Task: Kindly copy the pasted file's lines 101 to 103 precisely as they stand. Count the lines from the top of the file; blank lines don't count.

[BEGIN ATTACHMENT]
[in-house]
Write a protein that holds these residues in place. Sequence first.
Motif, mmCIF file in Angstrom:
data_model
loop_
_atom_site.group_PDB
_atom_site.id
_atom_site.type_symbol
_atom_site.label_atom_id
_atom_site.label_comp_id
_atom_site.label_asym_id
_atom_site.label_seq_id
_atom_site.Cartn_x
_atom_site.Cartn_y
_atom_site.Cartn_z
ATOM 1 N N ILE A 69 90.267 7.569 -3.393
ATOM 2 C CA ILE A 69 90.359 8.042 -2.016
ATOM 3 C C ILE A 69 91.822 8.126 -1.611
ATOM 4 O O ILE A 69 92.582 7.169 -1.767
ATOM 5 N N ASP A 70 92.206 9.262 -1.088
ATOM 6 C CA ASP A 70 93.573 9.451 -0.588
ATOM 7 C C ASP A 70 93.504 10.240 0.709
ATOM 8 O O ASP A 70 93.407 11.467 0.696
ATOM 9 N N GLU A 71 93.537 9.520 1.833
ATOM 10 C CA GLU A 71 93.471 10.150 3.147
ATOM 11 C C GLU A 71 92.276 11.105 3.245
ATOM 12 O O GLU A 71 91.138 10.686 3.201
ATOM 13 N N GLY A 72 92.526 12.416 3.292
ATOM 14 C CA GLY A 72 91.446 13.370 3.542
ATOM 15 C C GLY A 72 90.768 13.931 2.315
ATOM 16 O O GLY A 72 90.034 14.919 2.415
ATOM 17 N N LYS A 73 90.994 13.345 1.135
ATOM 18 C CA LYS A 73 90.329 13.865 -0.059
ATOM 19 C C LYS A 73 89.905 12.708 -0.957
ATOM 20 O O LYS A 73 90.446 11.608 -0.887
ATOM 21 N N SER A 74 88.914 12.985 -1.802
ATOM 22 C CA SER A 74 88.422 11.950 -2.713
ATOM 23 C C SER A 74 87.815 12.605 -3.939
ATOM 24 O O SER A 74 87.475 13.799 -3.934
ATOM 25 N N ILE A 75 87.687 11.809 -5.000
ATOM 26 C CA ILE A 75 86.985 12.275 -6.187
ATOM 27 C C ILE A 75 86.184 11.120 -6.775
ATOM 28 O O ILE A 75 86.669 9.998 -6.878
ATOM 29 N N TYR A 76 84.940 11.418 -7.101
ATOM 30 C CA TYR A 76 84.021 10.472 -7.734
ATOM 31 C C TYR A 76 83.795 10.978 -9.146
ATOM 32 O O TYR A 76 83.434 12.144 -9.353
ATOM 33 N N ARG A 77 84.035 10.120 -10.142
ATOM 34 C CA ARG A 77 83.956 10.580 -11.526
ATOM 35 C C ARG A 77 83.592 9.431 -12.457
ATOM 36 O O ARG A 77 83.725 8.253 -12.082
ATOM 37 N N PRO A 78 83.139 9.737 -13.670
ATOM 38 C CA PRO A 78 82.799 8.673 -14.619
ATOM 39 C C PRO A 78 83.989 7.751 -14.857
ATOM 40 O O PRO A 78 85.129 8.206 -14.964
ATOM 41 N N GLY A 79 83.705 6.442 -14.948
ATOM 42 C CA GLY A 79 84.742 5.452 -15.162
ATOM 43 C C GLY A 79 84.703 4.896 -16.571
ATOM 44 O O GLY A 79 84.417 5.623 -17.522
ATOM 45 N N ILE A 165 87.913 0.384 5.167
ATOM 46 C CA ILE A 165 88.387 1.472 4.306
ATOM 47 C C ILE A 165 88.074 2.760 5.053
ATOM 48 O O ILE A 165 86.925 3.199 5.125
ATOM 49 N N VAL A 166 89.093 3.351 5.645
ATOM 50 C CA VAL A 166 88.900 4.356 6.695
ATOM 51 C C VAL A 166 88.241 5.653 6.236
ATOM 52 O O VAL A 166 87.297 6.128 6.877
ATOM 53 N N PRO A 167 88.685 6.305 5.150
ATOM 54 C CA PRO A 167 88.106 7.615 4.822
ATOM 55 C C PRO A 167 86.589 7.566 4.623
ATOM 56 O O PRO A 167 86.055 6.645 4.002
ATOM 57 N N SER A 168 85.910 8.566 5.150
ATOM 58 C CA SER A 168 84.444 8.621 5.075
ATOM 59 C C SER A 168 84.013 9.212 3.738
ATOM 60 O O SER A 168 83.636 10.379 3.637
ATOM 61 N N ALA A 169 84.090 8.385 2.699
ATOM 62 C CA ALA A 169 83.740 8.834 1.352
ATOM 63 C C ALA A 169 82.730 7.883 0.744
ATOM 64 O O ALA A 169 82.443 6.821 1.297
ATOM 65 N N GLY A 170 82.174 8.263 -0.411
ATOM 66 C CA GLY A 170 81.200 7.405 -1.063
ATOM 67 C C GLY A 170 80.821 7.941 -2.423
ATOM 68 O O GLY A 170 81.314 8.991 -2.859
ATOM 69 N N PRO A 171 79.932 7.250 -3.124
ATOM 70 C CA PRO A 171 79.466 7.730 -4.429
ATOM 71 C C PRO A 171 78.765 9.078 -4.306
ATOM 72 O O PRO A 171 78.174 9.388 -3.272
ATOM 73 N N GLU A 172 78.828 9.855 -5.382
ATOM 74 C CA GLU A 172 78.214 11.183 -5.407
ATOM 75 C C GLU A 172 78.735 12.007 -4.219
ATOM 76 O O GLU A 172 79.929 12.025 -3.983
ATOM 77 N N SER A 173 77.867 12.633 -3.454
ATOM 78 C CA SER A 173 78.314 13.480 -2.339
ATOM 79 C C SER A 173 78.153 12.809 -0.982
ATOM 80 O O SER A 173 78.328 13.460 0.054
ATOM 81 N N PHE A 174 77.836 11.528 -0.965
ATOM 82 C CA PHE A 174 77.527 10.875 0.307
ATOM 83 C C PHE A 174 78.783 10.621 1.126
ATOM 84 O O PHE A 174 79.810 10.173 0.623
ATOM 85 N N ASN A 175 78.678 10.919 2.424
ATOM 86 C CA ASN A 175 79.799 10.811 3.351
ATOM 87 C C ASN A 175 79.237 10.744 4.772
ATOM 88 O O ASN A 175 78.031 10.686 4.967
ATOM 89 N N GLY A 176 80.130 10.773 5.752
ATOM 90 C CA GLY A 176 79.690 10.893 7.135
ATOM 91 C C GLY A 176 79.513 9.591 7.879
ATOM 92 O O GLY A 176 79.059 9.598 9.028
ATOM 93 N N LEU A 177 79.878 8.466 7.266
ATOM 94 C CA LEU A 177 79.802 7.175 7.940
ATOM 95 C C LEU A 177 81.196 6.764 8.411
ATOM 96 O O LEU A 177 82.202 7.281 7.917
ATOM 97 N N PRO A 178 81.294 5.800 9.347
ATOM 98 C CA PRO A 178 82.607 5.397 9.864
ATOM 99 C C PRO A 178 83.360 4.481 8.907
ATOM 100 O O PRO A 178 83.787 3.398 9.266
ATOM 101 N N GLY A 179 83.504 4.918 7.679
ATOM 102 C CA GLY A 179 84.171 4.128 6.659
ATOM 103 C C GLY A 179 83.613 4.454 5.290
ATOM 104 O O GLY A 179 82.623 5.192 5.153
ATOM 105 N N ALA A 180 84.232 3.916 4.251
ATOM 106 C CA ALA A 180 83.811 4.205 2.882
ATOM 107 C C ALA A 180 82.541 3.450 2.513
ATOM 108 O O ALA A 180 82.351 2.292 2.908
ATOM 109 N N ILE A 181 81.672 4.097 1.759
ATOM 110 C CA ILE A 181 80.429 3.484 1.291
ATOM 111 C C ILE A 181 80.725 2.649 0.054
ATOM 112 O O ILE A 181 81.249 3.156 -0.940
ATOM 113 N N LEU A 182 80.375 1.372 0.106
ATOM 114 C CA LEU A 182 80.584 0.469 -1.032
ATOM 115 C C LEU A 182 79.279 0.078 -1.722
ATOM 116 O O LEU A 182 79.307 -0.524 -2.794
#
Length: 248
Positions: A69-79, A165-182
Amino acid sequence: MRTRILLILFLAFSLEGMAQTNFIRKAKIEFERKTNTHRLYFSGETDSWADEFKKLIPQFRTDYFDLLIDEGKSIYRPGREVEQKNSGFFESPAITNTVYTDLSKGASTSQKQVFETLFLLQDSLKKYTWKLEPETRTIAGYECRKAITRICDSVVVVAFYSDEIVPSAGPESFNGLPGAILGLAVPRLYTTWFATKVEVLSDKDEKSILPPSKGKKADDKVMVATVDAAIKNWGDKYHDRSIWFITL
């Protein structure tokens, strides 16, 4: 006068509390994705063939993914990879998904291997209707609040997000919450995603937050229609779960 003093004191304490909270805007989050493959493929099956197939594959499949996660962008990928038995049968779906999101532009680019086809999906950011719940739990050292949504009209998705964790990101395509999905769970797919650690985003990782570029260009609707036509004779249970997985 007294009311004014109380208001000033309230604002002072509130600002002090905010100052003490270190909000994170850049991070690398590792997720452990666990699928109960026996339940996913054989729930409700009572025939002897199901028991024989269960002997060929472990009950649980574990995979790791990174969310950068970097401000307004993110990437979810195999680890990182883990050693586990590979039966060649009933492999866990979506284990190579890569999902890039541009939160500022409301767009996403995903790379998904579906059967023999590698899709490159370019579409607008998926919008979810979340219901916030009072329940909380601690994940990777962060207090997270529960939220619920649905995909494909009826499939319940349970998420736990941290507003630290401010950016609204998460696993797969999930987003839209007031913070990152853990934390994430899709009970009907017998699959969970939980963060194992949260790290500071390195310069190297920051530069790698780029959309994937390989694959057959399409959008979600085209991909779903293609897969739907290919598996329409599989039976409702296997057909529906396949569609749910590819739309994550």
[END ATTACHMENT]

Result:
ATOM 86 C CA ASN A 175 79.799 10.811 3.351
ATOM 87 C C ASN A 175 79.237 10.744 4.772
ATOM 88 O O ASN A 175 78.031 10.686 4.967